Your Work Relationship

Love your job? The pandemic crisis offers a pause to assess.

It is March of 2020. You are most likely working differently right now than you were at the beginning of the year, and noticing differences in how that feels.

The rat-race of business-as-usual is like an energized flywheel of momentum. We throw ourselves into our jobs as the activity and urgencies of everyone around us compel — and this drives a frenetic productivity across the workforce.

But the necessary responses to the Covid-19 pandemic have sent a shock through the system. In one direction, health care workers are called upon to sacrifice their time even more deeply, while trusting they will be granted the resources and discretion to be effective in their job — but also protected. In the other direction, many experience a pause due to the dramatic reduction in business activity and/or work-from-home, combined with closure of schools and child care. On both extremes, we experience an important contextual moment to assess our relationship with our employer.

Relationship Advice as a Lens

Over the past few years, my personal life led me to avidly consume a variety of offered wisdom on what constitutes strong (or toxic) relationships. I urge for such advice you look to the wisdom of the likes of Kris Gage, Jessica Wildfire or Karen Nimmo.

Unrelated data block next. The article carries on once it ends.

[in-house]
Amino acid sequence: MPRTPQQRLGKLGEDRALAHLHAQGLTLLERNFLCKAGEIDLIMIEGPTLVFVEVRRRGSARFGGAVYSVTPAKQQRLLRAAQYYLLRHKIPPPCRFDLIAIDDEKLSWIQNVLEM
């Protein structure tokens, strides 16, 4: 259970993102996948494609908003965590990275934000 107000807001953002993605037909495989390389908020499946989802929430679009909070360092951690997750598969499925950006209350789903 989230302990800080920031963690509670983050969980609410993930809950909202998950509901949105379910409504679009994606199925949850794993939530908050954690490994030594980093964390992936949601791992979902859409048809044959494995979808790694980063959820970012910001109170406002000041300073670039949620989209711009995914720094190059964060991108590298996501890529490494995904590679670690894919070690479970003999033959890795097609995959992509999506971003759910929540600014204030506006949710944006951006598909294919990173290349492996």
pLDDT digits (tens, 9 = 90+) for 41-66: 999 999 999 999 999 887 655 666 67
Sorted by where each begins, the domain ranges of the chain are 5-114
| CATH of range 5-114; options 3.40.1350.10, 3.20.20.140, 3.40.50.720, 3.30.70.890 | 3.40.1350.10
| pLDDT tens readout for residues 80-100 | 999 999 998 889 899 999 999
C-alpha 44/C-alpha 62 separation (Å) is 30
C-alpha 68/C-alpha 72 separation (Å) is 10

Of course, applying the relationship lens to employment is imperfect — but the perspective offers some insights you may find valuable. Consider the following (adapted) statements:

  1. You trust your company to treat you fairly and respectfully.
  2. You are confident in your value to the company.
  3. The company gives you the authority and resources you need.
  4. You identify as a company employee with pride — and share its values.
  5. You feel your job encourages you to learn, grow and develop your career.
  6. You and your company respect each others’ well-being and development.
  7. You and your employer double-down for each other in times of hardship.
  8. You are proud to work for the company — not making excuses for doing so.
  9. Your career progresses over time, not continually revisits the same issues.
  10. You have a passion for your products, customers, & employees: not apathy.
  11. The present and future look bright — you are not bound to the past.
  12. You have not fallen for “potential” — and recognize reality with clarity.
  13. At work you project a genuine self — not hide behind an awkward mask.
  14. Communication is open and honest — trust in place of blame/punishment.
  15. You feel confident and safe to be creative, innovative and take risks.

These are all transpositions of statements to consider when evaluating if you are in a good romantic relationship / marriage. Another metaphor common in dating and relationships is the “red flag” — a behavior, belief or characteristic that is symptomatic of a more fundamental issue sufficient to constitute a dealbreaker.

The financial stresses from the pandemic’s shut down may expose more plainly some red flags which would be otherwise hidden. For example, whether the company’s declared mission, culture, priorities and loyalties match the actions taken under duress.

Perhaps this is when we select how to devote our energy and loyalty to an employer we trust to double-down on us, even in the valleys — so that our talent, knowledge, skills and experience may raise them to new heights.

Further Reading

Samples from the relationship experts

STEM+Arts Advocate. I work in applying computational methods and digital technology at an industrial R&D lab. Views are my own.